Content marketing offers a variety of options for self-promotion depending on your internal strengths as well as your clients’ communication preferences. Do they respond well to blogs? Emails? Newsletters? How about webinars?
Webinars in particular are a great way to gain new leads while providing valuable information to your target audience. But before you commit to creating a webinar from scratch, ask yourself one important question: should you even produce a webinar?
To answer that, you’ll need to ask yourself yet another question: will your webinar provide genuine value and interest for your audience? If so, take a look at our easy-to-follow steps to creating and hosting an engaging webinar.
1. Determine a Topic, Speaker, and Date
The first three decisions are also your most important. What do you want to talk about? Who should speak? And when?
Let’s start with content—how do you decide what’s worth speaking about for an hour? Any topic that thoroughly examines something that has yet to be discussed is a good place to start. This could be an adaption of a conference presentation, an example-driven how-to, or an interview with an industry thought leader. Ideally, you want to avoid speaking about topics that have been thoroughly covered in the past or that provide no valuable information to your audience.
Next, you’ll want to pick a speaker. Although asking an industry thought leader to speak would be a big draw, more than anything, you want to feature an expert on the topic. It could be your CEO, or your manager, or even you, depending on the topic!
Lastly, date and time. We recommend giving yourself at least two months’ lead time from start to presentation. Generally speaking, webinars see the most success on Tuesdays and Wednesdays around 11 am EST.
2. Develop a Promotional Strategy
So you’ve got the nuts and bolts of your webinar settled—how do you promote it? Best practices suggest three weeks of promotion prior to the webinar with a mix of email blasts as well as social media marketing. For emails, we recommend sending a reminder email the day before the webinar; we’ve found that a last-minute reminder garners quite a few sign-ups. For social media, we suggest utilizing LinkedIn Sponsored Content and sending personal invitations to your connections on LinkedIn.
3. Create an Appealing Slide Deck and Script
It can be tempting to open up PowerPoint and slap all of your information together. While that’s a good way to start, you want to be mindful of how your slide deck works, especially when it’s on your attendants’ screens. If you’re not a graphic designer, you might consider freelancing this task out to Upwork; we’ve also compiled a few basic graphic design tips you can follow.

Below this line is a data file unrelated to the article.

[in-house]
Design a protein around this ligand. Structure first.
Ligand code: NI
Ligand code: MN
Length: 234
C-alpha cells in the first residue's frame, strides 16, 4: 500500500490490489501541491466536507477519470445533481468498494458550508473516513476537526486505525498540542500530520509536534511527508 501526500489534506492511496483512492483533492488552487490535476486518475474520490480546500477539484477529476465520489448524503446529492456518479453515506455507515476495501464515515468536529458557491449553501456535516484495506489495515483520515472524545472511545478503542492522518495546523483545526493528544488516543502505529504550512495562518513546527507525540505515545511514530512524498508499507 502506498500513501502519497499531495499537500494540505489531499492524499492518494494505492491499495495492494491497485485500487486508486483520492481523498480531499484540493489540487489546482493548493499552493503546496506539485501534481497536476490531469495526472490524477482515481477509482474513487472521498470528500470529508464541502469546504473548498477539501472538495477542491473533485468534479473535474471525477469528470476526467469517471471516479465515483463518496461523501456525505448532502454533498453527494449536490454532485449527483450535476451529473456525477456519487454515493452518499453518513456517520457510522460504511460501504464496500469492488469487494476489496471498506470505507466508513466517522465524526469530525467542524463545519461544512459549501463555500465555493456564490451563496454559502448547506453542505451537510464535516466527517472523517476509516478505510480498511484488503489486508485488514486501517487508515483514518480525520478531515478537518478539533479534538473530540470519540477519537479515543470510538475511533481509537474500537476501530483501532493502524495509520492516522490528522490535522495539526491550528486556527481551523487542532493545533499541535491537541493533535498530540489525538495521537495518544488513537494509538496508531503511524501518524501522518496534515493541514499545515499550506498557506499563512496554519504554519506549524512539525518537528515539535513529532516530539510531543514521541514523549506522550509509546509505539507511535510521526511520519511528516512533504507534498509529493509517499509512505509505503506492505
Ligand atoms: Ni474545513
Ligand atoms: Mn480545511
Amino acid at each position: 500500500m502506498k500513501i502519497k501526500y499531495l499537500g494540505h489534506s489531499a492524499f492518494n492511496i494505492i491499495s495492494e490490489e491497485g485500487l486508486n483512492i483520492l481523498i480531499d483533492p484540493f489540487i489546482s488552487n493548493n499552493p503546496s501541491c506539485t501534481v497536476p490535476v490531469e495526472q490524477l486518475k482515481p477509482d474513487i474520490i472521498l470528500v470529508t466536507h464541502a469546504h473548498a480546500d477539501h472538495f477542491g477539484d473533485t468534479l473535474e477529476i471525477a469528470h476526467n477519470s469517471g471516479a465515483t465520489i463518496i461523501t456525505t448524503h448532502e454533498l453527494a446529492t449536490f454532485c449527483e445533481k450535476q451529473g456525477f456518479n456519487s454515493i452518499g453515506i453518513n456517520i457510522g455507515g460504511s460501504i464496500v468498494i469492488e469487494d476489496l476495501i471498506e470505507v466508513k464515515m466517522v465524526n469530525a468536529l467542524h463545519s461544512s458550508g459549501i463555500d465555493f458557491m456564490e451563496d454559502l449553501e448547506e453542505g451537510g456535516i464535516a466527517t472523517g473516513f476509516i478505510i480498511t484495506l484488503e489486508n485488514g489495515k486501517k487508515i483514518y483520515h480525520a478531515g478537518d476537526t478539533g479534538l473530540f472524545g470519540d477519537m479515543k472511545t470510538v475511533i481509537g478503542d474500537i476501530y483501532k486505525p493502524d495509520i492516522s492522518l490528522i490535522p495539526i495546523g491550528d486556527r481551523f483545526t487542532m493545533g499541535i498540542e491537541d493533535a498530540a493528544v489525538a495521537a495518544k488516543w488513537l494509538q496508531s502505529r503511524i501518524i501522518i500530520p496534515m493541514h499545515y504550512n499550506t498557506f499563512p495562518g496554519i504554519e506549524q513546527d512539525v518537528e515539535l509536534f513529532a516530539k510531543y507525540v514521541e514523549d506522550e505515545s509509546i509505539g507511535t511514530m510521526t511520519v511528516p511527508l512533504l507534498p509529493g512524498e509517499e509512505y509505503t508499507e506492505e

Scripts work better for some speakers than others. Regardless, your speaker should know what they’re going to say and how they’re going to say it. More outgoing speakers may be tempted to “wing it” since they are experts on the subject, but we strongly advise against jumping in blindly.
4. Run a Practice Session
The old saying is true: practice makes perfect! At least a day or two before your presentation, run a practice session with the speaker—go through your deck slide by slide to make sure the information flows properly and whether any last-minute edits need to be done. This also helps ensure you’re all on the same page with regard to technical production (how the microphone sounds, if there’s any feedback, etc.).
Lastly, if you plan on hosting a question-and-answer session after your presentation, we strongly suggest preparing three or four of your own questions to ask the speaker just in case the audience doesn’t participate.
5. Go Live
On the day of the webinar, require your webinar hosting team, including the speaker, to log in to the session at least 10–15 minutes beforehand. This way, everyone is accounted for and you can do last-minute technical checks.
Finally, when it’s time to press play, remember to relax and enjoy!
6. After the Webinar
Afterwards, you’ll be left with lots of great new leads! Even those who signed up for your webinar but did not attend for whatever reason can still be followed up with.
Although the presentation may be over, remember to send out two more emails: a thank you to attendees, and a “sorry we missed you” email to non-attendees; you might even consider putting the webinar recording on your website to promote the content and make it available for anyone who missed out.
Of course, that’s all easier said than done. There’s a lot of work that goes into planning and coordinating a webinar, and it takes practice to get it right.
Looking to set up one of your own presentations? Contact us today for more information on successfully hosting a webinar.
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